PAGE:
Japan: detention conditions of people sentenced to death
How is daily life while waiting for death?
No executions were recorded in Japan in 2020, for the first time since 2011. Reportedly, more than 25% of people sentenced to death are over the age of 70 and two of them have been incarcerated for over 40 years.
Prison conditions, which are extremely restrictive for the incarcerated population as a whole, are even more so for people sentenced to death, who are systematically placed in solitary confinement. They are under constant surveillance and during the day they can neither make noise, walk around their cell nor look around. No activity is permitted. The numerous restrictions associated with long periods of immobility bring about a serious deterioration in mental and physical health over the years.
People sentenced to death may be visited by their close family. The visits take place under surveillance. Many families abandon their condemned relative out of shame or due to the stress caused by the waiting time. Mail is subject to censorship.
Prison Insider gathered information on the detention conditions of people sentenced to death in nine countries. Here is an overview of the situation in Japan.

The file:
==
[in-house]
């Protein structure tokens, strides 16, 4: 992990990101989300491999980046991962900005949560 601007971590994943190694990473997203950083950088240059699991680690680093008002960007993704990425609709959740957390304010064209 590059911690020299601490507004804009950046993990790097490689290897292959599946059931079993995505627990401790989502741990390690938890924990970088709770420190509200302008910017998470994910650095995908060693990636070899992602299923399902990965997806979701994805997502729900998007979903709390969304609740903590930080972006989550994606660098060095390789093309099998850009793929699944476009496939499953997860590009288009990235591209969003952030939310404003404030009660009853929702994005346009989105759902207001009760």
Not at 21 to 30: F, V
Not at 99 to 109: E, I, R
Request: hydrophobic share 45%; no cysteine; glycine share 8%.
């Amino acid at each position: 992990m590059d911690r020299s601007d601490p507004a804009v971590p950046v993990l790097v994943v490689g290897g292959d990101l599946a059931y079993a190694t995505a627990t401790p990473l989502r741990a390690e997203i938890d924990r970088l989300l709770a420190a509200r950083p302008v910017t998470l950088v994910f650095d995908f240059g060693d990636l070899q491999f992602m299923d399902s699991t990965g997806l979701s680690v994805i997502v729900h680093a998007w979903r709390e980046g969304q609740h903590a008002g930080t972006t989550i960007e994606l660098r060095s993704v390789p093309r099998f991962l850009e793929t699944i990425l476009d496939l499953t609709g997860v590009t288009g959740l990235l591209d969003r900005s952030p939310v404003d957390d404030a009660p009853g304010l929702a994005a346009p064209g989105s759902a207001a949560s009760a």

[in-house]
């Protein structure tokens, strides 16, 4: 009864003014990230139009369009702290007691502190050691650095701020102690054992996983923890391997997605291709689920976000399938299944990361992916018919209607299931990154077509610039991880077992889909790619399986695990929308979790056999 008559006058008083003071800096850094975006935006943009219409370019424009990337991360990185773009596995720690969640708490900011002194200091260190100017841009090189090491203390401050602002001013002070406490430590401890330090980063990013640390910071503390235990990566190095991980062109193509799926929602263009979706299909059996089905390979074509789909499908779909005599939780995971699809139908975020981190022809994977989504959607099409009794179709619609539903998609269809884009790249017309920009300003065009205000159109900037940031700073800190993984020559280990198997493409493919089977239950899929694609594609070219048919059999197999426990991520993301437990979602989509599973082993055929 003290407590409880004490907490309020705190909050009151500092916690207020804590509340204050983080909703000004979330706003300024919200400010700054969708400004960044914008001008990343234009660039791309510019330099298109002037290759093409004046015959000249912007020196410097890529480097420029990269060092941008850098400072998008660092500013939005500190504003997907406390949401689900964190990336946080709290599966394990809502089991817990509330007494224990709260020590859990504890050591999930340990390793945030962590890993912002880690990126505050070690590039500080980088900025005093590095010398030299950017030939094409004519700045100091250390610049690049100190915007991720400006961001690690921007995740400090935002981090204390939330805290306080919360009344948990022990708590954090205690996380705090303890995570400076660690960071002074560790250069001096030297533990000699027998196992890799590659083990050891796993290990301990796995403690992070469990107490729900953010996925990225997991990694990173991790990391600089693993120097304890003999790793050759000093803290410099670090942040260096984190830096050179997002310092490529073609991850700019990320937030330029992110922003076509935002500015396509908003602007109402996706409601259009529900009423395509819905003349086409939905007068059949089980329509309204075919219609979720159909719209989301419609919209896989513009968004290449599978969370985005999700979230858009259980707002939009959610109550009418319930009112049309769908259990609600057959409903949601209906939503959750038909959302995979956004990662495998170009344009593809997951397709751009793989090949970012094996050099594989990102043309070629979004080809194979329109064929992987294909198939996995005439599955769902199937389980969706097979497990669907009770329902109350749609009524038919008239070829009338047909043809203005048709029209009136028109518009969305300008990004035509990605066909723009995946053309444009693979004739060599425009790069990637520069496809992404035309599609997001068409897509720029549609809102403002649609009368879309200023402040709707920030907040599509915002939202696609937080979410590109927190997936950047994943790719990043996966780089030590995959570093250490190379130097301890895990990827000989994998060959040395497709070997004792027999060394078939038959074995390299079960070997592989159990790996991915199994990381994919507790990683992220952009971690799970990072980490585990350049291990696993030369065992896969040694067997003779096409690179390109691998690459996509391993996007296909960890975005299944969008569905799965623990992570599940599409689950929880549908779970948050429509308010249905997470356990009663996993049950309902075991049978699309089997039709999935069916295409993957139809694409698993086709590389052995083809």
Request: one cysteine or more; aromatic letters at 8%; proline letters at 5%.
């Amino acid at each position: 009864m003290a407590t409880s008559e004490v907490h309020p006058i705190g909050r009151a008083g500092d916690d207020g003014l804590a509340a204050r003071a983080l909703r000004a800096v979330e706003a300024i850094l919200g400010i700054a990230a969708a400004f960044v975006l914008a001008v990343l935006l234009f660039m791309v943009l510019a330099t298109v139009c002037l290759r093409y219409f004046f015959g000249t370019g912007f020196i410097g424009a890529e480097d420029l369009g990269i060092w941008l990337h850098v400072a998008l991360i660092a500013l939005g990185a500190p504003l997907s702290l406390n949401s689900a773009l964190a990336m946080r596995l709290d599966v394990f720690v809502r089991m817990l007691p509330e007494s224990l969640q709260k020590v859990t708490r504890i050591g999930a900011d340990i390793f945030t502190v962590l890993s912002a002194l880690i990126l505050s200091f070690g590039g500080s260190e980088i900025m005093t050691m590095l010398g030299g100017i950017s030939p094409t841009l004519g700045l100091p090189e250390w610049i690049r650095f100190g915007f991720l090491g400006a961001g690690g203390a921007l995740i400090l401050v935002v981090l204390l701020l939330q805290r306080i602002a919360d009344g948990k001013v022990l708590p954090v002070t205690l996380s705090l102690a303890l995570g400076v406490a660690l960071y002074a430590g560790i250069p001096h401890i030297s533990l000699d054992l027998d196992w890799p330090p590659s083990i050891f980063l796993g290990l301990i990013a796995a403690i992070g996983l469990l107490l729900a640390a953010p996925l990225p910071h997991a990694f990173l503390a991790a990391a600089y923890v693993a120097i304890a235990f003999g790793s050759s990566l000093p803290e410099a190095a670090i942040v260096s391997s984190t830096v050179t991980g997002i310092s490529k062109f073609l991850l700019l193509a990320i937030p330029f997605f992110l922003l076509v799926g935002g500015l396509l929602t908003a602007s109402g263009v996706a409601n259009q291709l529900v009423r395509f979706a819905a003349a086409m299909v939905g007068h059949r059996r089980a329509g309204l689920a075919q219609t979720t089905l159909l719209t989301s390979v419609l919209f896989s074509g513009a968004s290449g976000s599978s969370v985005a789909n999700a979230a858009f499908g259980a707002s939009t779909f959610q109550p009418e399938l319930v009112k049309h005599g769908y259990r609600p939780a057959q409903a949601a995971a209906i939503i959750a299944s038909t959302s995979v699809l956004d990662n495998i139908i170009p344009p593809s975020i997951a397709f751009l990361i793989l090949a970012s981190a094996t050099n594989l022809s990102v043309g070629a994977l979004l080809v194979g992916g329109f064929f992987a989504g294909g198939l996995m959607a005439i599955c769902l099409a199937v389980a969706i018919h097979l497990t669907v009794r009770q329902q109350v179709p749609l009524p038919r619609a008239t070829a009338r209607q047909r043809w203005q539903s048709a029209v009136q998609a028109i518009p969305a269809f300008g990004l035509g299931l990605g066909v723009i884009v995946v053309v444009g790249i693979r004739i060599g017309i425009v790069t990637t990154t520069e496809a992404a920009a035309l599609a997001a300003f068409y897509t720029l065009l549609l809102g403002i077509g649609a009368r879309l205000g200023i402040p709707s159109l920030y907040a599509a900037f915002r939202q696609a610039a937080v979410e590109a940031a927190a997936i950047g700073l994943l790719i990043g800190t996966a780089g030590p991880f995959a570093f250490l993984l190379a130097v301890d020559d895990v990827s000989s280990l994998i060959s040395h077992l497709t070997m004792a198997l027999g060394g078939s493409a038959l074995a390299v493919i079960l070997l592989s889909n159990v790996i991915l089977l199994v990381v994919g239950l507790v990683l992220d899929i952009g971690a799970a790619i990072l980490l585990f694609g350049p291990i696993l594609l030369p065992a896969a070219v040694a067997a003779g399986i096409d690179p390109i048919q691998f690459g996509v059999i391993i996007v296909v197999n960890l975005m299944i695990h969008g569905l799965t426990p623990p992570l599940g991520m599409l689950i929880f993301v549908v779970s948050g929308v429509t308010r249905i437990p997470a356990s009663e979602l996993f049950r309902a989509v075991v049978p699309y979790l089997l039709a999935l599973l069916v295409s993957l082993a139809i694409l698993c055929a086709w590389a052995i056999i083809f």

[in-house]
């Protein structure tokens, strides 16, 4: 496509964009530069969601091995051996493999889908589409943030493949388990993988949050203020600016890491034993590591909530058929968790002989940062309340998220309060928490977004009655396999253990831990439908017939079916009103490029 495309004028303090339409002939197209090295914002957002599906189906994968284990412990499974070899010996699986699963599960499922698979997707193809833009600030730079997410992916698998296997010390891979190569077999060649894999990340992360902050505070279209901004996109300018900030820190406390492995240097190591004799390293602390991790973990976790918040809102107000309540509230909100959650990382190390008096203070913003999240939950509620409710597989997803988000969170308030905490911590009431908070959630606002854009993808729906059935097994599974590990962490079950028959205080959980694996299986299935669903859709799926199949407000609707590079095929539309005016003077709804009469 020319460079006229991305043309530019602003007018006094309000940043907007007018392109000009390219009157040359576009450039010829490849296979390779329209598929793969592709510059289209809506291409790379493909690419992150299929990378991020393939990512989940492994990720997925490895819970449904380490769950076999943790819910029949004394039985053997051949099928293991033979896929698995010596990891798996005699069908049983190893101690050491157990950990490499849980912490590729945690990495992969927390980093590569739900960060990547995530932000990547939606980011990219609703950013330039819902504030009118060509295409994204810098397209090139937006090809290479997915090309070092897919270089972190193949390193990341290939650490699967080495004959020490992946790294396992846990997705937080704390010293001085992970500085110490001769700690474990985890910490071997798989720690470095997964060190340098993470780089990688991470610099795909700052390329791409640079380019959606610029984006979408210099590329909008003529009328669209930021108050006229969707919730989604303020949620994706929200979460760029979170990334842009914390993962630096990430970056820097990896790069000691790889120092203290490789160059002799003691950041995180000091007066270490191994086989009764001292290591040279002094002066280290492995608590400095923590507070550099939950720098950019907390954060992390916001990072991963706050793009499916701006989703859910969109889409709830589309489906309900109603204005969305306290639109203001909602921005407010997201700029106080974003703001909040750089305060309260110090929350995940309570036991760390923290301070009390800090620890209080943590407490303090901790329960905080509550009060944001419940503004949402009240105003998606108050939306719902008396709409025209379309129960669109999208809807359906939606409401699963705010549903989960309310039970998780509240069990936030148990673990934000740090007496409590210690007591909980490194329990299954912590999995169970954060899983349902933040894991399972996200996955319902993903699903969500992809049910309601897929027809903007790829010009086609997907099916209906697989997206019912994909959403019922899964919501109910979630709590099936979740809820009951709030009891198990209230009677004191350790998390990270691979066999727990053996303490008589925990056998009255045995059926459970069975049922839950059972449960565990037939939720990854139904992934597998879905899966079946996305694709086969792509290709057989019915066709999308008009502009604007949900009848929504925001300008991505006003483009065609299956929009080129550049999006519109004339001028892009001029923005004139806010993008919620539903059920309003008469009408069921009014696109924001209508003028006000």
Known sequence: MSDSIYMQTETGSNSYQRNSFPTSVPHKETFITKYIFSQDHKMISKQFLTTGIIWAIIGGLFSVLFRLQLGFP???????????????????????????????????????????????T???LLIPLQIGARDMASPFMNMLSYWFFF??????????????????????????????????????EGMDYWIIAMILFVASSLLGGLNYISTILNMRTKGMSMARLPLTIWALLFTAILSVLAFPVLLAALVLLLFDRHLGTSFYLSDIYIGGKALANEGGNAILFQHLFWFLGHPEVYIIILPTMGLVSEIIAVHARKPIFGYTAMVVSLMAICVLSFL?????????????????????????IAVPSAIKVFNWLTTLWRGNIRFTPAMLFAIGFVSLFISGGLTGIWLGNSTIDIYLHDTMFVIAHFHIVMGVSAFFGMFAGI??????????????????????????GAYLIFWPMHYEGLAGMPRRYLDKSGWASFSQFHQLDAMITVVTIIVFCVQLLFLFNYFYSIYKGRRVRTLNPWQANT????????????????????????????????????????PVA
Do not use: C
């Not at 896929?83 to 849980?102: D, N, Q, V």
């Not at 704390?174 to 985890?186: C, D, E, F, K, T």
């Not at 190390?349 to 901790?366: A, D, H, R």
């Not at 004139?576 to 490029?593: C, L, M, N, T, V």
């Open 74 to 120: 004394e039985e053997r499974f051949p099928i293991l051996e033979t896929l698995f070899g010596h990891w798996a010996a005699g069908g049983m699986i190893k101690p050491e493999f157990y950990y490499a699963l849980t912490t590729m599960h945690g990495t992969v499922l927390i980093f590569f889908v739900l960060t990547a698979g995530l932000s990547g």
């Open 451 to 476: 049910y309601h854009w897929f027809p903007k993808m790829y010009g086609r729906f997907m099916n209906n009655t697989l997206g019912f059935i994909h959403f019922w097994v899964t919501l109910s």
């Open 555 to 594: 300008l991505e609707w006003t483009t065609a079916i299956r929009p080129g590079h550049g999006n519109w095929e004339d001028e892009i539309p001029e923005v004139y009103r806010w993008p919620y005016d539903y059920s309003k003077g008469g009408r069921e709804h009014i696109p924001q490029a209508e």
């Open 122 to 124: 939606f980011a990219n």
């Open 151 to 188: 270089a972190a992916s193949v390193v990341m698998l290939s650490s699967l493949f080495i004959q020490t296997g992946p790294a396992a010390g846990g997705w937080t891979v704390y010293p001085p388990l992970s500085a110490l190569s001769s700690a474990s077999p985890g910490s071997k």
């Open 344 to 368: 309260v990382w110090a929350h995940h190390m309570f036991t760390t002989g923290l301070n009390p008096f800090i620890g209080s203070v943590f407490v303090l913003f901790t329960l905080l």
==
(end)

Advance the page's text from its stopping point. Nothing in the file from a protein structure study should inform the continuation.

— The information presented comes principally from the Japan Innocence & Death Penalty Information Center and the report The Death Penalty in Japan: A Practice Unworthy of a Democracy produced by the International Federation for Human Rights (Fédération internationale pour les droits humains, FIDH) in 2003. Additional sources were also used which are mentioned when referenced.
Prisoners are informed of their execution on the very day it is to be carried out, in some cases upon waking up.
Toshio Sakamoto worked with prisoners sentenced to death for 27 years. He ended up resigning. Since then, he has been researching, speaking and writing books about the reality of prison conditions and executions.
“Between imposition of a death sentence and execution, inmates on death row are socially extinguished through the states’ severe restrictions on meetings and correspondence. The state reason for this policy is to promote “stable feelings” (shinjo no antei) in inmates and thereby help them “prepare for death.””